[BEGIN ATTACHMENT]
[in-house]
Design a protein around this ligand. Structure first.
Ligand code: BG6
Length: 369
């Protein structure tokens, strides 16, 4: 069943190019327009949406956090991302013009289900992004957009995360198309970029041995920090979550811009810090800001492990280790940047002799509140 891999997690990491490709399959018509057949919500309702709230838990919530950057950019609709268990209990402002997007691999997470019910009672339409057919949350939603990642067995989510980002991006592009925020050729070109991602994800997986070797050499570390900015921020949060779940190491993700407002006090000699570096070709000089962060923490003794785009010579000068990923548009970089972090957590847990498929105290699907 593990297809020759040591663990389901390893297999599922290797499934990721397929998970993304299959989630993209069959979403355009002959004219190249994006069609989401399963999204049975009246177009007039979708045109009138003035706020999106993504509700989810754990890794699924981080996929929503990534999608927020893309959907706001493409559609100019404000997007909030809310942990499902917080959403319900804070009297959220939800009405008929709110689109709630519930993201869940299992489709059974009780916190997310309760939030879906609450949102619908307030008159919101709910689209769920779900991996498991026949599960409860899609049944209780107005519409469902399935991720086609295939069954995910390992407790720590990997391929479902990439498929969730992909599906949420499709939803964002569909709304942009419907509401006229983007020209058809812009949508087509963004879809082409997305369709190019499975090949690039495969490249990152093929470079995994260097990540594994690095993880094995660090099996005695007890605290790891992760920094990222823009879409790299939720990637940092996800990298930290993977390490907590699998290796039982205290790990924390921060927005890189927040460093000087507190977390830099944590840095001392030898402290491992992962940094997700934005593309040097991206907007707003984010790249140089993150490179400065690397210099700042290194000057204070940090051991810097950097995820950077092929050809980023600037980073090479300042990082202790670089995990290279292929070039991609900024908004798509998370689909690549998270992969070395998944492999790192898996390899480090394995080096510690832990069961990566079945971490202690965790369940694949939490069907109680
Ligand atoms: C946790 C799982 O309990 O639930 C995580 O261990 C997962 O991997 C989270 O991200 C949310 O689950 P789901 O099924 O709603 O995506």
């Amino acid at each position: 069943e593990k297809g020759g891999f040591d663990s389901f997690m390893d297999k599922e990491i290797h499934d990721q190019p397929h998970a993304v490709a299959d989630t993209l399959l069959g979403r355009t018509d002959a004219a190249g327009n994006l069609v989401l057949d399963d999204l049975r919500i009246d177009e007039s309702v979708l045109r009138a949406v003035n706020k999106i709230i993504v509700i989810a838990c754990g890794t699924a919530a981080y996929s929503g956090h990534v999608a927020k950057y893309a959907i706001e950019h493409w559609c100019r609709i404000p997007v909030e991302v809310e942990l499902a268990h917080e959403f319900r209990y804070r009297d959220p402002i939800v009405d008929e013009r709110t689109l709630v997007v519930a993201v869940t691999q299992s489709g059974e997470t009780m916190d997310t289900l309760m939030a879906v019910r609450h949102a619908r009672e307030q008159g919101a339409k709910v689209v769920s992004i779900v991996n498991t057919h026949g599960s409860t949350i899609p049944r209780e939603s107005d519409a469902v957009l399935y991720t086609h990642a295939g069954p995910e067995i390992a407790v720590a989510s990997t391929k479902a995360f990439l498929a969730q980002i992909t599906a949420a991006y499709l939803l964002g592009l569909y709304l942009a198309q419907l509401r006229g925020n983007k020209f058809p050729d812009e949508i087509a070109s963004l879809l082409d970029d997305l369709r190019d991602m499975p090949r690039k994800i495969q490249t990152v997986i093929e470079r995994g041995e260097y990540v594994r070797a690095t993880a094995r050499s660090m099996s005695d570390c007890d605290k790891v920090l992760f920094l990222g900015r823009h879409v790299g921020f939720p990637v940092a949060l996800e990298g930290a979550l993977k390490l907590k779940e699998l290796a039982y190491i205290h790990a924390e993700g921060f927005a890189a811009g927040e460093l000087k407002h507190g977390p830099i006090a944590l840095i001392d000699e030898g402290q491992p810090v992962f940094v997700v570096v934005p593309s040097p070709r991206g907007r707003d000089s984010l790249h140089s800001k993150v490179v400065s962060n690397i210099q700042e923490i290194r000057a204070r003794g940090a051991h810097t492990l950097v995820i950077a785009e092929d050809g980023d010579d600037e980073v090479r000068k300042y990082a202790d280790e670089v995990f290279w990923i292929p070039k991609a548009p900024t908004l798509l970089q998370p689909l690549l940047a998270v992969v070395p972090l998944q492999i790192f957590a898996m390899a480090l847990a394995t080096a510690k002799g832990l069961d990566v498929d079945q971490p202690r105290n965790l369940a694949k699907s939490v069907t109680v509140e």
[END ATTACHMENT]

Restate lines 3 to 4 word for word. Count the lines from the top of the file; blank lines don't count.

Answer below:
Ligand code: BG6
Length: 369